Tilia

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Tilia
Missing image
Tiliacordata1web.jpg
Tilia cordata


Tilia cordata
Scientific classification
Kingdom:Plantae
Division:Magnoliophyta
Class:Magnoliopsida
Order:Malvales
Family:Malvaceae
Genus:Tilia
Species

About 30; see text

Tilia is a genus of about 30 species of trees, native throughout most of the temperate Northern Hemisphere, in Asia (where the greatest species diversity is found), Europe and eastern North America; it is absent from western North America. Under the old Cronquist classification system, this genus was placed in the family Tiliaceae, but genetic research by the APG has resulted in the incorporation of this family into the Malvaceae.

Tilia leaf
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Tilia leaf

The trees are generally called linden in North America, and lime in Britain. Both names are derived from the Germanic root lind. The modern forms in English derive from linde or linne in Anglo Saxon and old Norse, and in Britain the word morphed more recently to the modern British form lime. In the United States, the modern German name linden, from the same root, became more common, partly to avoid confusion with any other uses of the name. Neither the name nor the tree is in any way related to the citrus fruit called "lime" (Citrus aurantifolia). Another widely-used common name used in North America is Basswood, derived from bast, the name for the inner bark (see Uses, below).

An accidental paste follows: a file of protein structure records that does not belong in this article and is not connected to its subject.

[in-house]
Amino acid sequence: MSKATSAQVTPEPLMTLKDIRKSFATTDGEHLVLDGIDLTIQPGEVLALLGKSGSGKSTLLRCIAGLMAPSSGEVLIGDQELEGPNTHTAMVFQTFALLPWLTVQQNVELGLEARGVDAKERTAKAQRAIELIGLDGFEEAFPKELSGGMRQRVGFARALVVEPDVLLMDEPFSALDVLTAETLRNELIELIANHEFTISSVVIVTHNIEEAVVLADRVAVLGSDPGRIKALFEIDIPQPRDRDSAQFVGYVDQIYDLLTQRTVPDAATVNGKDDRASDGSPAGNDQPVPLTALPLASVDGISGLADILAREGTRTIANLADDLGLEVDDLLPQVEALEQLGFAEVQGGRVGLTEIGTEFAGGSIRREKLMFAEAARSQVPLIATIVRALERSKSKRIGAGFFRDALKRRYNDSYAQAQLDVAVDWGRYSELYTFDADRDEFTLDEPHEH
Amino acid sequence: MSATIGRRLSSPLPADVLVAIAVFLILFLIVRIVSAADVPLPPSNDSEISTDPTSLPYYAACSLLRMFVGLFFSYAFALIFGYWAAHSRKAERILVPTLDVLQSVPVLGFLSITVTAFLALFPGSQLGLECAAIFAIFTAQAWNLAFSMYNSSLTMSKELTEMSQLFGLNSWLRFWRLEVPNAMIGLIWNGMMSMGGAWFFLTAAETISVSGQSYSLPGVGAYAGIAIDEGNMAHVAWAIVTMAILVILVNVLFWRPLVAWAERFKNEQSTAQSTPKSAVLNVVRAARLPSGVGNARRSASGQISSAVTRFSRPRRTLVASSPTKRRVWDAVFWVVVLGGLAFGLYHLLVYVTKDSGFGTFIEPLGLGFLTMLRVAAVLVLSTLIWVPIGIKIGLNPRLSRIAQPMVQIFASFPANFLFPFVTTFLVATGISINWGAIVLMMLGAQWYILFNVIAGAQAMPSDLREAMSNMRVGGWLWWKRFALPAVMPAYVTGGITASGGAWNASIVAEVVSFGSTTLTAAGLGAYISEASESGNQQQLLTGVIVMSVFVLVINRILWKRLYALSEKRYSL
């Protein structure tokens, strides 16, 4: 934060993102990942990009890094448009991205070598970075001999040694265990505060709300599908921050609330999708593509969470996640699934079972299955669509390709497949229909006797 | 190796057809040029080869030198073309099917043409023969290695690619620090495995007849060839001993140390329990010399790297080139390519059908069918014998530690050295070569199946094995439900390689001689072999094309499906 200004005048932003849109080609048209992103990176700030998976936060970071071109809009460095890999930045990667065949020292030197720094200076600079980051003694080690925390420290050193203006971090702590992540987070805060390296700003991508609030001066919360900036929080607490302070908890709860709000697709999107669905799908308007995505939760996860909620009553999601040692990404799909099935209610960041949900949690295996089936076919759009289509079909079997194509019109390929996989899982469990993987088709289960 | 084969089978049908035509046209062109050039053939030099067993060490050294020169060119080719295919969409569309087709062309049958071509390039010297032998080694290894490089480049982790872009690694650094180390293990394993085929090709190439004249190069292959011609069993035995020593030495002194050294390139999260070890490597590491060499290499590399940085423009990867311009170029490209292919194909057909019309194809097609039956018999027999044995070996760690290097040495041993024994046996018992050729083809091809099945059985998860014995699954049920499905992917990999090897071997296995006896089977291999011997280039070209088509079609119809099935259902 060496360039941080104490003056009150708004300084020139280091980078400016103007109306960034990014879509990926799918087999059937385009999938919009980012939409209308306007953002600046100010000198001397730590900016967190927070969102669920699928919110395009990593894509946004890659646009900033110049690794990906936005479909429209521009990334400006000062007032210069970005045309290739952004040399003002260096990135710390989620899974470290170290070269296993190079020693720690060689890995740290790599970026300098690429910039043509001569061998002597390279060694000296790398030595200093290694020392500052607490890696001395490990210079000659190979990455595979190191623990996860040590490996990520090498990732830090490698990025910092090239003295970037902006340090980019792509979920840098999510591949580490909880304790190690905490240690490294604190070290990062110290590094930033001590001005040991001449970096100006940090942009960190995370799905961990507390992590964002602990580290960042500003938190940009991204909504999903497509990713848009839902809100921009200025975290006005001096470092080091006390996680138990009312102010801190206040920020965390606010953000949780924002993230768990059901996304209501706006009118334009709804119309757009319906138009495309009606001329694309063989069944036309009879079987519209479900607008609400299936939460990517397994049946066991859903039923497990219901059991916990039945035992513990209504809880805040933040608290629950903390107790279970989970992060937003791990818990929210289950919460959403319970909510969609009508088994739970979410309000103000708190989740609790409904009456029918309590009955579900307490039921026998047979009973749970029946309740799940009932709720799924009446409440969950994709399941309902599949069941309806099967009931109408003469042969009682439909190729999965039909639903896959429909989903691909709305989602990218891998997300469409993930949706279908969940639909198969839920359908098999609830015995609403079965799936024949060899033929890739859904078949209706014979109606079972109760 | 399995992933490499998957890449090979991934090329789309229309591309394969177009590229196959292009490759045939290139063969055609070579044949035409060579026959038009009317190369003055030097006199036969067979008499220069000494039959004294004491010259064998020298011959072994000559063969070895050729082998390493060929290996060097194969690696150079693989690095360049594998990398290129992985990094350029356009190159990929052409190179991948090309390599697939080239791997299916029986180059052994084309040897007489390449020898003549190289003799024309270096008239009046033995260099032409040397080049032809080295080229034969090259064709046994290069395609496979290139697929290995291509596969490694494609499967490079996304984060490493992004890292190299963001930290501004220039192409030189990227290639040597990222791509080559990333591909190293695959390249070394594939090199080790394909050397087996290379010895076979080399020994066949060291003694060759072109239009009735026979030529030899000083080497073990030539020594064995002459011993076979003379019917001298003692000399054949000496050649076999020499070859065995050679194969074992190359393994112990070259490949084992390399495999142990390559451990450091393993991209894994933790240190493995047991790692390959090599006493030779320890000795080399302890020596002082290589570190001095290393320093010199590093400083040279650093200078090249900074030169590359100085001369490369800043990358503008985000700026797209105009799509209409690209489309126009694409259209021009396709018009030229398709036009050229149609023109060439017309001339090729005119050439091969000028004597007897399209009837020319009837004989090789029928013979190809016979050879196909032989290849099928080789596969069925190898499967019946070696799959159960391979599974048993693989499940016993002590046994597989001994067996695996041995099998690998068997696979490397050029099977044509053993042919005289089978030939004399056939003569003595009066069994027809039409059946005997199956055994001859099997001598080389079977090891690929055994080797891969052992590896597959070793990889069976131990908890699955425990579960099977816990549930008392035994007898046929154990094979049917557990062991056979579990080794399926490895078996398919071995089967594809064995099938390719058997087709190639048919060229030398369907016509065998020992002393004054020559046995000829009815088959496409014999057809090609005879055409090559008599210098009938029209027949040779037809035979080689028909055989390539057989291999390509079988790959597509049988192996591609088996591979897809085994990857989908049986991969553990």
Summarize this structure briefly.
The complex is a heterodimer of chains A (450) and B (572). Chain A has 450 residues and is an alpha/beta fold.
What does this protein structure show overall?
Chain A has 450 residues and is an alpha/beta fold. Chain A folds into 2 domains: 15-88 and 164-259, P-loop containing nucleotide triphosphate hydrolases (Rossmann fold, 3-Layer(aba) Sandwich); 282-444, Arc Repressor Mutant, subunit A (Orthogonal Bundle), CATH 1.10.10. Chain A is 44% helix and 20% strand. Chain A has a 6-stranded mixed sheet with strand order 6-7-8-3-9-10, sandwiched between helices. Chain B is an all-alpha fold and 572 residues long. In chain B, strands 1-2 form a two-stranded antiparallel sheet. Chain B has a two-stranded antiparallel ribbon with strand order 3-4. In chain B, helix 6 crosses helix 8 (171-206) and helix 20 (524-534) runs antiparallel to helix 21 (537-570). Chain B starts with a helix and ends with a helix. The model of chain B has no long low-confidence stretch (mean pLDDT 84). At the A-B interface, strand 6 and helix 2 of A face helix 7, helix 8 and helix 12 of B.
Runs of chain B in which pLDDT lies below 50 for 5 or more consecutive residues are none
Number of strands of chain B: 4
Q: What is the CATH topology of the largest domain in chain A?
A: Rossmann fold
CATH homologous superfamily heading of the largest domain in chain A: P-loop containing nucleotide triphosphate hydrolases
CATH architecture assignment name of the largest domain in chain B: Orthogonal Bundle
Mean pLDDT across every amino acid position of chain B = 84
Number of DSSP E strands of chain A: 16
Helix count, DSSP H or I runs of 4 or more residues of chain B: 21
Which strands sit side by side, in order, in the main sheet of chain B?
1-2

Tilia species are large deciduous trees, reaching typically 20-40m tall, with oblique-cordate leaves 6-20cm across, and are found through the north temperate regions. The exact number of species is subject to considerable uncertainty, as many or most of the species will hybridise readily, both in the wild and in cultivation; the following list comprises those most widely accepted.

Species
Hybrids and cultivars
  • Tilia x euchlora (T. dasystyla x T. platyphyllos)
  • Tilia x europaea Common Lime (T. cordata x T. platyphyllos)
  • Tilia x petiolaris (T. tomentosa x T. ?)
  • Tilia 'Flavescens' (T. americana x T. cordata)
  • Tilia 'Moltkei' (hybrid, unknown origin)
  • Tilia 'Orbicularis' (hybrid, unknown origin)
  • Tilia 'Spectabilis' (hybrid, unknown origin)

Uses

The tree produces a fragrant and nectar-producing flowers, the medicinal herb Lime Blossom. They are very important honey plants for beekeepers, producing a very pale but richly flavoured honey. The flowers are also used for herbal tea. T. cordata is the preferred species for medical use; having a high concentration of active compounds. The leaf buds and young leaves are also edible raw. The foliage of lime is eaten by the larvae of some Lepidoptera species including Lime Hawk-moth and Coxcomb Prominent.

The timber of lime trees is soft and easily worked. It is known in the trade as basswood, particularly in North America. This name originates from the inner fibrous bark of the tree, known as bast (Old English language). Fibre was obtained from the younger wood of the tree.

The lime tree is the national emblem of Slovenia, where it is called lipa.

See also

de:Linden (Botanik) eo:Tilio fr:Tilleul it:Tilia nl:Lindeboom pl:Lipa (drzewo) sv:Lind tr:Ihlamur

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